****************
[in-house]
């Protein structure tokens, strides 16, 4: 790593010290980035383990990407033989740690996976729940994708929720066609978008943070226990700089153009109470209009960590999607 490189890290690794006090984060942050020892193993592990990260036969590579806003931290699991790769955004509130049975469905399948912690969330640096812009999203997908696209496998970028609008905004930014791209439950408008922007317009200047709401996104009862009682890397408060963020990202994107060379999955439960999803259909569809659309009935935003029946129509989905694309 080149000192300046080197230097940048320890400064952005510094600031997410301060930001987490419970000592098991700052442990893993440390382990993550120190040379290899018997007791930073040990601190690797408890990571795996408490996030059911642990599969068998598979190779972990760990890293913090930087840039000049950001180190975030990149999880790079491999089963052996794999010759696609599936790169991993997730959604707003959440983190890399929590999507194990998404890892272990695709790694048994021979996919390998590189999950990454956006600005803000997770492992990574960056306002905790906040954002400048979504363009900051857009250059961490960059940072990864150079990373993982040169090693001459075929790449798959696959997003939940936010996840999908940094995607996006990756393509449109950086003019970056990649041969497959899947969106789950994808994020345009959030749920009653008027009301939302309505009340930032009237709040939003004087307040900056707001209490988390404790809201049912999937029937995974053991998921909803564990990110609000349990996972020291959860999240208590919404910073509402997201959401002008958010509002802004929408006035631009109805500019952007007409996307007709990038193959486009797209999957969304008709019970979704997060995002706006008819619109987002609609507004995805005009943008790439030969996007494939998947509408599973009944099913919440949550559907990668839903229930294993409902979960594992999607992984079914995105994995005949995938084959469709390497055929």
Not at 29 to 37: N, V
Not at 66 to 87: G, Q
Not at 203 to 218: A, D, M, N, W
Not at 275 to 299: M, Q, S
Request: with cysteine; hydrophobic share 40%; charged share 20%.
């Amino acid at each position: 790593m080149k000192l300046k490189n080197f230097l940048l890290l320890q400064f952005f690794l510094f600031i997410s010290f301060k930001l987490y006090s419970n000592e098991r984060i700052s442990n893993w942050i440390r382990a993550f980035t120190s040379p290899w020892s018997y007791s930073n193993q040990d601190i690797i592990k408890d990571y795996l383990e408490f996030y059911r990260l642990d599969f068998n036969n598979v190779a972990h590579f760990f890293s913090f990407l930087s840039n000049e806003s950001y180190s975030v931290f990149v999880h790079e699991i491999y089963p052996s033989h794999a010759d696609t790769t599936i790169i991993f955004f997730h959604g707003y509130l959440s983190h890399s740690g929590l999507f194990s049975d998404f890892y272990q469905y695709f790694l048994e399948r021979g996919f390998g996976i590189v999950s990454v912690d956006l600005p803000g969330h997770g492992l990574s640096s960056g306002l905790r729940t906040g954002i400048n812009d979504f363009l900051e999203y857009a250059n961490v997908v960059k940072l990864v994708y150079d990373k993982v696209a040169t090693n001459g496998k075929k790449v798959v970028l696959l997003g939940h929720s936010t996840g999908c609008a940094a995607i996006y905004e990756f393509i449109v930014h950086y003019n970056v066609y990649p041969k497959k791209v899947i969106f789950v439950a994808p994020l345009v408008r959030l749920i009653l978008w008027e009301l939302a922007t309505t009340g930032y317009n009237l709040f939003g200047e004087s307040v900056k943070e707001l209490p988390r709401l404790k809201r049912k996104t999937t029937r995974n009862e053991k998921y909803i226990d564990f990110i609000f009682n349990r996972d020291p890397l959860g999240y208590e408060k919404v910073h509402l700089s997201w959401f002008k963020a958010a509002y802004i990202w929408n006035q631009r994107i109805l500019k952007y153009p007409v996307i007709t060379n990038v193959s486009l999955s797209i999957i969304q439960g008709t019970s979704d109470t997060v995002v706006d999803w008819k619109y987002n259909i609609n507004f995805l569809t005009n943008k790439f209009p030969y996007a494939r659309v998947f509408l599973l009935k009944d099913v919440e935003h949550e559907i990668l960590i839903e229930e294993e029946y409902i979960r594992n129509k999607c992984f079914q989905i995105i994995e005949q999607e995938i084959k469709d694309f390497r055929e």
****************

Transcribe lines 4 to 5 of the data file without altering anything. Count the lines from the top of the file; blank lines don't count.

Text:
Not at 66 to 87: G, Q
Not at 203 to 218: A, D, M, N, W